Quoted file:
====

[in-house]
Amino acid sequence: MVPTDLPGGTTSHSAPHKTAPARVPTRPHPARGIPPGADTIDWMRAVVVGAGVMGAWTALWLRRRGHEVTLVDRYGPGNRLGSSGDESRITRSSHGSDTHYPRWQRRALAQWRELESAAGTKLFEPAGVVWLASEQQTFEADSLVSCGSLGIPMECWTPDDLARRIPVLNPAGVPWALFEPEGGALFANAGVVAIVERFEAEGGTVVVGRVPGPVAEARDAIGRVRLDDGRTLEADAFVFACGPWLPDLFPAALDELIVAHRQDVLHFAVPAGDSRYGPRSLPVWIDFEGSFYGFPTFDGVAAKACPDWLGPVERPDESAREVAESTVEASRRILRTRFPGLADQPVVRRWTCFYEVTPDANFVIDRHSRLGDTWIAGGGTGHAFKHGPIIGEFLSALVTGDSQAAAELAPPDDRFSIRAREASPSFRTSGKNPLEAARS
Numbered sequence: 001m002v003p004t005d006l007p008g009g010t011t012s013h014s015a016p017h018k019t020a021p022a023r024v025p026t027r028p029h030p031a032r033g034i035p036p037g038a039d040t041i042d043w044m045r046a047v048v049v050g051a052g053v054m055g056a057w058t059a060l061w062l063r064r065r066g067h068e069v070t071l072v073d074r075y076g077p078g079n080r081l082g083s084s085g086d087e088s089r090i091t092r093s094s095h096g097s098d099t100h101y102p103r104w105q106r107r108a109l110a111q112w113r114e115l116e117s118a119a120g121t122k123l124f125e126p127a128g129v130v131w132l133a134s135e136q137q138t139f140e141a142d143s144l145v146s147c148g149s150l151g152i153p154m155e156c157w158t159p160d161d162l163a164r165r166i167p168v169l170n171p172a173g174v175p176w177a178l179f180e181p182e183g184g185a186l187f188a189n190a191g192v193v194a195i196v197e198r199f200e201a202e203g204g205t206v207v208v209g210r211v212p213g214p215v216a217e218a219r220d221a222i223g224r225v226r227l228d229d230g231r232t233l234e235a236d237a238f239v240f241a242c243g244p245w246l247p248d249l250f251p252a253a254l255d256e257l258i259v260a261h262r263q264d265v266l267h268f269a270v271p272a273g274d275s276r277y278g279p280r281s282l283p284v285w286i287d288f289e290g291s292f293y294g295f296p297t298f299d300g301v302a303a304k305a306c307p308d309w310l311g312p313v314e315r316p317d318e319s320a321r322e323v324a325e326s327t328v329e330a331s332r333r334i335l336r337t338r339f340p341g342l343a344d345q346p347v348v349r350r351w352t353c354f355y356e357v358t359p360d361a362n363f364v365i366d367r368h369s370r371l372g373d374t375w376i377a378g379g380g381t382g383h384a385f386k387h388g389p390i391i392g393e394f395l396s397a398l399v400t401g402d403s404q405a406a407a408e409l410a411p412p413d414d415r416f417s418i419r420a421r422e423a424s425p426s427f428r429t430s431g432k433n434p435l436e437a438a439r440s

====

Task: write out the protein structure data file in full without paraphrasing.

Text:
[in-house]
Amino acid sequence: MVPTDLPGGTTSHSAPHKTAPARVPTRPHPARGIPPGADTIDWMRAVVVGAGVMGAWTALWLRRRGHEVTLVDRYGPGNRLGSSGDESRITRSSHGSDTHYPRWQRRALAQWRELESAAGTKLFEPAGVVWLASEQQTFEADSLVSCGSLGIPMECWTPDDLARRIPVLNPAGVPWALFEPEGGALFANAGVVAIVERFEAEGGTVVVGRVPGPVAEARDAIGRVRLDDGRTLEADAFVFACGPWLPDLFPAALDELIVAHRQDVLHFAVPAGDSRYGPRSLPVWIDFEGSFYGFPTFDGVAAKACPDWLGPVERPDESAREVAESTVEASRRILRTRFPGLADQPVVRRWTCFYEVTPDANFVIDRHSRLGDTWIAGGGTGHAFKHGPIIGEFLSALVTGDSQAAAELAPPDDRFSIRAREASPSFRTSGKNPLEAARS
Numbered sequence: 001m002v003p004t005d006l007p008g009g010t011t012s013h014s015a016p017h018k019t020a021p022a023r024v025p026t027r028p029h030p031a032r033g034i035p036p037g038a039d040t041i042d043w044m045r046a047v048v049v050g051a052g053v054m055g056a057w058t059a060l061w062l063r064r065r066g067h068e069v070t071l072v073d074r075y076g077p078g079n080r081l082g083s084s085g086d087e088s089r090i091t092r093s094s095h096g097s098d099t100h101y102p103r104w105q106r107r108a109l110a111q112w113r114e115l116e117s118a119a120g121t122k123l124f125e126p127a128g129v130v131w132l133a134s135e136q137q138t139f140e141a142d143s144l145v146s147c148g149s150l151g152i153p154m155e156c157w158t159p160d161d162l163a164r165r166i167p168v169l170n171p172a173g174v175p176w177a178l179f180e181p182e183g184g185a186l187f188a189n190a191g192v193v194a195i196v197e198r199f200e201a202e203g204g205t206v207v208v209g210r211v212p213g214p215v216a217e218a219r220d221a222i223g224r225v226r227l228d229d230g231r232t233l234e235a236d237a238f239v240f241a242c243g244p245w246l247p248d249l250f251p252a253a254l255d256e257l258i259v260a261h262r263q264d265v266l267h268f269a270v271p272a273g274d275s276r277y278g279p280r281s282l283p284v285w286i287d288f289e290g291s292f293y294g295f296p297t298f299d300g301v302a303a304k305a306c307p308d309w310l311g312p313v314e315r316p317d318e319s320a321r322e323v324a325e326s327t328v329e330a331s332r333r334i335l336r337t338r339f340p341g342l343a344d345q346p347v348v349r350r351w352t353c354f355y356e357v358t359p360d361a362n363f364v365i366d367r368h369s370r371l372g373d374t375w376i377a378g379g380g381t382g383h384a385f386k387h388g389p390i391i392g393e394f395l396s397a398l399v400t401g402d403s404q405a406a407a408e409l410a411p412p413d414d415r416f417s418i419r420a421r422e423a424s425p426s427f428r429t430s431g432k433n434p435l436e437a438a439r440s